The hardest part of writing
Compiled by Jade Craddock
The best authors make writing look like the easiest thing in the world. And you’d be forgiven for thinking it’s all speedy drafts and flowing words. So here we’ve asked five authors what is the hardest part of writing for them and how they tackle it. ♥
Kathryn Cushman (Finding Me)
The hardest part of writing is finding a new, interesting idea. This is closely followed by the dreaded first draft. After that, it’s all sunshine and roses—uh, mostly. I usually start off with some vague notions for new stories, and I throw a handful of these at my editor. His response is generally somewhere along the lines of, “None of these really work.” So I try again, and again, and again. Once we finally agree, I still bang my head against the keyboard in despair as I attempt to grow my little seed into a viable story. Some days the writing flows fast, but it never “feels” like it’s working in this early stage. I try to hack out a first draft as fast as possible in order to reach the end of this madness, but it still takes several months. Once I finally finish the first draft and reread it, I’m always surprised that I actually kind of like it. Don’t get me wrong, there are lots of holes to fill, lots of contradictions to fix, lots of characters to deepen, but once I get to this point I breathe a deep sigh of relief.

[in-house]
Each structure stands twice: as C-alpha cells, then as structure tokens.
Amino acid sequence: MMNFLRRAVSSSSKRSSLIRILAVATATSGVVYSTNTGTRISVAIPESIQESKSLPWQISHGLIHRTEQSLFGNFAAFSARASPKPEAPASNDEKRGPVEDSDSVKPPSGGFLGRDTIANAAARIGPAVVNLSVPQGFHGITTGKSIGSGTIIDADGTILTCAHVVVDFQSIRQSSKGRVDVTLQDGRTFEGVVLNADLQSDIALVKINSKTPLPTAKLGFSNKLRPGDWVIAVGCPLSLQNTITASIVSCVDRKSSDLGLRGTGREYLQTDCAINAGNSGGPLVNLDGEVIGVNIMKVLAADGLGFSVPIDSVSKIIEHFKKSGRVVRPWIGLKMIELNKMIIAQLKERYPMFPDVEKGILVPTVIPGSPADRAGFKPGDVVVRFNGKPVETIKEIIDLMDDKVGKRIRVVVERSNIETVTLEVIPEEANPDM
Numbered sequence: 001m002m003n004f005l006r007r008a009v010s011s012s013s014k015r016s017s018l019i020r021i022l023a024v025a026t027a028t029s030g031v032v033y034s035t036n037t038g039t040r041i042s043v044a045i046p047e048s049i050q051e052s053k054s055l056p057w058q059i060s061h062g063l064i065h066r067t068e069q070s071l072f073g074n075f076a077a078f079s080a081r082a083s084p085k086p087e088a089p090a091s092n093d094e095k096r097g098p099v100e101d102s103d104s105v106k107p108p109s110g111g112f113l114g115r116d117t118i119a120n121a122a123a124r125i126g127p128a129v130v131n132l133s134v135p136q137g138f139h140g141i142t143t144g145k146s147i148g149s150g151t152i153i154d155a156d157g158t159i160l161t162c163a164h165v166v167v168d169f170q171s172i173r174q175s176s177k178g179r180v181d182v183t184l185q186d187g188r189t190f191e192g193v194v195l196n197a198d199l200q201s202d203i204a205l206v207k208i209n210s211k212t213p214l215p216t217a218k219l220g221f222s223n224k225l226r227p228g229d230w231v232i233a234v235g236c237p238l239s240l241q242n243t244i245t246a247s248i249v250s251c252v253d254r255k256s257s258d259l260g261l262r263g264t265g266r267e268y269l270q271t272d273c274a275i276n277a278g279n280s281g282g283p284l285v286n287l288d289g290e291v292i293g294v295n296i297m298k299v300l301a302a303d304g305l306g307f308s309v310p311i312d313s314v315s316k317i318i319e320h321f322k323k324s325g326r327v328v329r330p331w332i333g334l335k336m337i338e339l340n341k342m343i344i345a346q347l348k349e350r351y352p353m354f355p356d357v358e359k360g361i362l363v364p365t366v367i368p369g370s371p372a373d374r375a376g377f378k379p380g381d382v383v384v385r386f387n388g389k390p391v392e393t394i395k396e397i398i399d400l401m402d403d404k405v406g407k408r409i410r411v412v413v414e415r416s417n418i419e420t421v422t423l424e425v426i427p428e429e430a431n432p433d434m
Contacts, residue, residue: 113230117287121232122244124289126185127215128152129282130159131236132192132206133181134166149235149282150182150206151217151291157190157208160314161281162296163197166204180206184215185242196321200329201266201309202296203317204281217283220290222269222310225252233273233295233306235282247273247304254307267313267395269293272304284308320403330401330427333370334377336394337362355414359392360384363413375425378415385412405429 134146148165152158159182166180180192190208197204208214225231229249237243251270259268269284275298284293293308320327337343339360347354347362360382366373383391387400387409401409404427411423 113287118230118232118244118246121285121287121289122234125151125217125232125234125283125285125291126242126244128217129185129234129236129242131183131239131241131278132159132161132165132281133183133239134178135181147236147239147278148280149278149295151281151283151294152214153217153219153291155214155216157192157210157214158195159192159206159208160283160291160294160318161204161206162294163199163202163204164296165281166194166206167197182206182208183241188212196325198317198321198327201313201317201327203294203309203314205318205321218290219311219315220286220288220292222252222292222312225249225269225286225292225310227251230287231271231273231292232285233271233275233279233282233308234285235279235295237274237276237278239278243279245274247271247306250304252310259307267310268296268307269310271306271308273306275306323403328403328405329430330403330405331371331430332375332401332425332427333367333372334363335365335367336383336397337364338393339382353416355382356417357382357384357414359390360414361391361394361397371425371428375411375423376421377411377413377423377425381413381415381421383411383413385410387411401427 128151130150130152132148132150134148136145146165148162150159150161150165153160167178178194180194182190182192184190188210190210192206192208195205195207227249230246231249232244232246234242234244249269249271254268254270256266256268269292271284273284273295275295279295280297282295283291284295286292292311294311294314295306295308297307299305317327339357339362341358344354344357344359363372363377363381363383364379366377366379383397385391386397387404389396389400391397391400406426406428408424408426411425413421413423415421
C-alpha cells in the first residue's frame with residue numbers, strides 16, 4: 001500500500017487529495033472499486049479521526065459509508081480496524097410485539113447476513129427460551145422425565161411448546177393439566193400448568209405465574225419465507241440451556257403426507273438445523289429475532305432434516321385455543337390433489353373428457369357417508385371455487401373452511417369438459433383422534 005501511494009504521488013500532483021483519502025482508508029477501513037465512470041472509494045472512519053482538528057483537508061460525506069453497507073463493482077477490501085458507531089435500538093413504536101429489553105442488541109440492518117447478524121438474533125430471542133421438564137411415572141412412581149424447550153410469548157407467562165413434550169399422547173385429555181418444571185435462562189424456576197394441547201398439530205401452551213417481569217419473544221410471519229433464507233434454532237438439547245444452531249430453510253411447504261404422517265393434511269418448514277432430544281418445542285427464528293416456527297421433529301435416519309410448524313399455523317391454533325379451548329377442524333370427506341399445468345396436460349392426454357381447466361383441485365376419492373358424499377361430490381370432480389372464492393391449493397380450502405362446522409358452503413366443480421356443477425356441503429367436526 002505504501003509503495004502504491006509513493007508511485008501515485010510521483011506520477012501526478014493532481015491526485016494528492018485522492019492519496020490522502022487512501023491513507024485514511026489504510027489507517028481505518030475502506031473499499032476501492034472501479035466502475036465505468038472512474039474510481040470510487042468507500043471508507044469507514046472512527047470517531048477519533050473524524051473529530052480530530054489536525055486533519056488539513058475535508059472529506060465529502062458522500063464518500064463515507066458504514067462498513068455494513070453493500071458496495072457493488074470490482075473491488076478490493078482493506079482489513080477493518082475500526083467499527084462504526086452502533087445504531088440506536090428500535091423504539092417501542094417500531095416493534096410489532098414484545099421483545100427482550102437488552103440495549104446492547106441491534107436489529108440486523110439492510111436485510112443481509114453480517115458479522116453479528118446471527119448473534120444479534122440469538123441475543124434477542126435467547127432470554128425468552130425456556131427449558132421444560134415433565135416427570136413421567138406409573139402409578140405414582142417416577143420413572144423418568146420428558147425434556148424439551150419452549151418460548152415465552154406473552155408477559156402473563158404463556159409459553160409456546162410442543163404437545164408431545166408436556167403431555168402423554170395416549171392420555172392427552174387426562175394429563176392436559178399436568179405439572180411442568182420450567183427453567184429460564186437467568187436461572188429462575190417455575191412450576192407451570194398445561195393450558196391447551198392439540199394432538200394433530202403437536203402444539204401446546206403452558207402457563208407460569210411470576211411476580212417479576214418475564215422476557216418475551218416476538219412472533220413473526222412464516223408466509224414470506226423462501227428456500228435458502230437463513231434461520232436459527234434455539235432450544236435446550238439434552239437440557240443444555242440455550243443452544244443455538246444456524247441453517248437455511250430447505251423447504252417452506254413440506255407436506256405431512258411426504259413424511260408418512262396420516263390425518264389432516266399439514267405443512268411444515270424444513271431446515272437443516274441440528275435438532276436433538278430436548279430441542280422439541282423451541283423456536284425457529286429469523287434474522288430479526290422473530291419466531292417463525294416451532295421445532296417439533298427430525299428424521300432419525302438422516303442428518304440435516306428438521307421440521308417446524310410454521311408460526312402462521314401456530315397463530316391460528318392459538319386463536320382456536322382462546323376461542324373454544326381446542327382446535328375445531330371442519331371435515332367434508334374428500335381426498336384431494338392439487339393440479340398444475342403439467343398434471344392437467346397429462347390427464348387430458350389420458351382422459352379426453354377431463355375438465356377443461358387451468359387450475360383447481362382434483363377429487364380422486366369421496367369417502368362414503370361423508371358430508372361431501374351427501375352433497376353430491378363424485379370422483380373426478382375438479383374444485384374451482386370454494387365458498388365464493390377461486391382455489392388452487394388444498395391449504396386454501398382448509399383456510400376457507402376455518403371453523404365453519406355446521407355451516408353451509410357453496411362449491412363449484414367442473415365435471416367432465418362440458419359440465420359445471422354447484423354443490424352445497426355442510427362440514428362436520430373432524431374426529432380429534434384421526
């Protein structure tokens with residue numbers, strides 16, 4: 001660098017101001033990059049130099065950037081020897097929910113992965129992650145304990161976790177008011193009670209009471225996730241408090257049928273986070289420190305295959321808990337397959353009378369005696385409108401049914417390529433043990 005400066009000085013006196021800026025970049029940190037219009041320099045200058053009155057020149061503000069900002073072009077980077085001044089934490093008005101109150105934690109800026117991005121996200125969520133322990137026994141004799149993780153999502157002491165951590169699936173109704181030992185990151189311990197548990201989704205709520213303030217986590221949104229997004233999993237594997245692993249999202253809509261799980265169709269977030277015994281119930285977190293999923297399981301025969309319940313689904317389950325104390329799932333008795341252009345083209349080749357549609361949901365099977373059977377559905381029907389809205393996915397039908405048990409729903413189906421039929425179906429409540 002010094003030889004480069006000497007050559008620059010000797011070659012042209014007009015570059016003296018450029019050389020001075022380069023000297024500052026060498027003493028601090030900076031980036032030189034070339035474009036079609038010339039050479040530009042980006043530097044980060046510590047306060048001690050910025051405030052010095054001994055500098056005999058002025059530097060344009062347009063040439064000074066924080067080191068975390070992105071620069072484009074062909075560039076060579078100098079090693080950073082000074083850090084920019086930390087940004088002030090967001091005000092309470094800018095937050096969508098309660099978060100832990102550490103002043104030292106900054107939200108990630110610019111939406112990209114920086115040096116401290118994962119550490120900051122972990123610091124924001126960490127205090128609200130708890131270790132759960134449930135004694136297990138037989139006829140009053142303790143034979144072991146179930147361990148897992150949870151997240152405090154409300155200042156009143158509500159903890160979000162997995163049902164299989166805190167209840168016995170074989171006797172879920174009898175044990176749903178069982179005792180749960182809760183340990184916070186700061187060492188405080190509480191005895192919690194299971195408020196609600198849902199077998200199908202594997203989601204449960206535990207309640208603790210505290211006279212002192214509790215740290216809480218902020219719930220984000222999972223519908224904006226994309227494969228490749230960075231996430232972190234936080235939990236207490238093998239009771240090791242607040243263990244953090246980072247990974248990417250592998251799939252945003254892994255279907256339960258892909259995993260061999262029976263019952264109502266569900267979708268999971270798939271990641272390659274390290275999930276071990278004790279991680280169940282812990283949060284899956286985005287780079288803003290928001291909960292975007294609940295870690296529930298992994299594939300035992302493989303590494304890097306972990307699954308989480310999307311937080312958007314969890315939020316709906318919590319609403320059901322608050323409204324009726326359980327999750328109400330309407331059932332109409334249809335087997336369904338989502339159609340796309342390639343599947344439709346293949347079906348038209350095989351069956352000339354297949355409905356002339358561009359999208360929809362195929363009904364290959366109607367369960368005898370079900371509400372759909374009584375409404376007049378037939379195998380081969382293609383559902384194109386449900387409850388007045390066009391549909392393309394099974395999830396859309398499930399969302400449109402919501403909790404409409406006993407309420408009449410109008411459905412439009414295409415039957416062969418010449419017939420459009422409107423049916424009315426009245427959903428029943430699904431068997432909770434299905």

Gina Henning (How to Bake the Perfect Apple Pie)
One of the hardest things to tackle while writing is emotions. There is a difference between reading a bunch of words and experiencing a moment in a story. Which comes down to feelings. Feelings, show me the feelings. I’m like Jerry Maguire when I’m editing my books. I have to feel something. I want to laugh or at least smile. Not that I’m a fan of tears but I’ve enjoyed a good all-day-long cry fest with a book. The Fault in Our Stars, I’m looking at you. Anger, sometimes characters do some really dumb things or things that make me cringe. And even though I don’t like it, I leave it in because one, that is the way the story goes and two, I felt something. As I write I really get into the story. I learned a new tip this past year about writing. SKIP THE DETAILS. I put this in all caps as it’s how I mark my manuscript. I type “DETAILS” and I keep going with the emotions and show what’s going on in the story and how my characters are feeling. I can return later and add what they were wearing in case any Joan Rivers fans might be reading and need to know a brand name or something. Now, I’m not saying details aren’t important. But some things aren’t necessary and too much detail can actually pull the reader out of the moment versus making them fall deeper into the story. And if all else fails I take a sip of my Cabernet and at least accomplish some good wine wanderings of the mind.
Jane Linfoot (The Vintage Cinema Club)